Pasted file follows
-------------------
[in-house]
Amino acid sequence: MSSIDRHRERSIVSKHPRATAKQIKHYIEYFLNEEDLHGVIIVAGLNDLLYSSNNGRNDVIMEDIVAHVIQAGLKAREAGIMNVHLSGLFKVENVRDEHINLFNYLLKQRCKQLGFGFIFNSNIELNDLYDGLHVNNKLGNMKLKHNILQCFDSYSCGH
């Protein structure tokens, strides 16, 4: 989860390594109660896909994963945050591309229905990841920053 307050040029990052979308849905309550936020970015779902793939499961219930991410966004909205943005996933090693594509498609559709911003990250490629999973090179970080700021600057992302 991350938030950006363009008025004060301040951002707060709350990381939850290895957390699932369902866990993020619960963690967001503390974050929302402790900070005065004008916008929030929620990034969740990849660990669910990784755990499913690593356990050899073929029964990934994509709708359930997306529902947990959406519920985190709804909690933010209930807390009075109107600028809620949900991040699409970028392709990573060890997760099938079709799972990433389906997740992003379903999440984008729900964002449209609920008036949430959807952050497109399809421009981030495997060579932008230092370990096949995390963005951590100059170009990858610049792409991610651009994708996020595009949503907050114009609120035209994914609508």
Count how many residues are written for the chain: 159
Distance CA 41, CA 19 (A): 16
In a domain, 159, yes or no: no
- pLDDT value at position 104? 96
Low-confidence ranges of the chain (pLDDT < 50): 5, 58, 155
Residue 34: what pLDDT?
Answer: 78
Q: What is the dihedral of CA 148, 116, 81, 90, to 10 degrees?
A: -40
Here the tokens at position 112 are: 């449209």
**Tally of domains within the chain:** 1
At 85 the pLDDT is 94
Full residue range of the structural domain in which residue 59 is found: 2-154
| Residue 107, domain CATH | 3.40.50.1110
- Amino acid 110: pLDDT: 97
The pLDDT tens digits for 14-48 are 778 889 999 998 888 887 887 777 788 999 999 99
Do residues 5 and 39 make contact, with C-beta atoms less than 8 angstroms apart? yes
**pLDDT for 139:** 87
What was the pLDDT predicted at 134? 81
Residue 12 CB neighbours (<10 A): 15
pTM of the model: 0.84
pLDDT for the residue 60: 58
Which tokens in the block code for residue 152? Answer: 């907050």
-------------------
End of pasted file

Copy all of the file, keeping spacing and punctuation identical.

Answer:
[in-house]
Amino acid sequence: MSSIDRHRERSIVSKHPRATAKQIKHYIEYFLNEEDLHGVIIVAGLNDLLYSSNNGRNDVIMEDIVAHVIQAGLKAREAGIMNVHLSGLFKVENVRDEHINLFNYLLKQRCKQLGFGFIFNSNIELNDLYDGLHVNNKLGNMKLKHNILQCFDSYSCGH
């Protein structure tokens, strides 16, 4: 989860390594109660896909994963945050591309229905990841920053 307050040029990052979308849905309550936020970015779902793939499961219930991410966004909205943005996933090693594509498609559709911003990250490629999973090179970080700021600057992302 991350938030950006363009008025004060301040951002707060709350990381939850290895957390699932369902866990993020619960963690967001503390974050929302402790900070005065004008916008929030929620990034969740990849660990669910990784755990499913690593356990050899073929029964990934994509709708359930997306529902947990959406519920985190709804909690933010209930807390009075109107600028809620949900991040699409970028392709990573060890997760099938079709799972990433389906997740992003379903999440984008729900964002449209609920008036949430959807952050497109399809421009981030495997060579932008230092370990096949995390963005951590100059170009990858610049792409991610651009994708996020595009949503907050114009609120035209994914609508």
Count how many residues are written for the chain: 159
Distance CA 41, CA 19 (A): 16
In a domain, 159, yes or no: no
- pLDDT value at position 104? 96
Low-confidence ranges of the chain (pLDDT < 50): 5, 58, 155
Residue 34: what pLDDT?
Answer: 78
Q: What is the dihedral of CA 148, 116, 81, 90, to 10 degrees?
A: -40
Here the tokens at position 112 are: 């449209």
**Tally of domains within the chain:** 1
At 85 the pLDDT is 94
Full residue range of the structural domain in which residue 59 is found: 2-154
| Residue 107, domain CATH | 3.40.50.1110
- Amino acid 110: pLDDT: 97
The pLDDT tens digits for 14-48 are 778 889 999 998 888 887 887 777 788 999 999 99
Do residues 5 and 39 make contact, with C-beta atoms less than 8 angstroms apart? yes
**pLDDT for 139:** 87
What was the pLDDT predicted at 134? 81
Residue 12 CB neighbours (<10 A): 15
pTM of the model: 0.84
pLDDT for the residue 60: 58
Which tokens in the block code for residue 152? Answer: 């907050």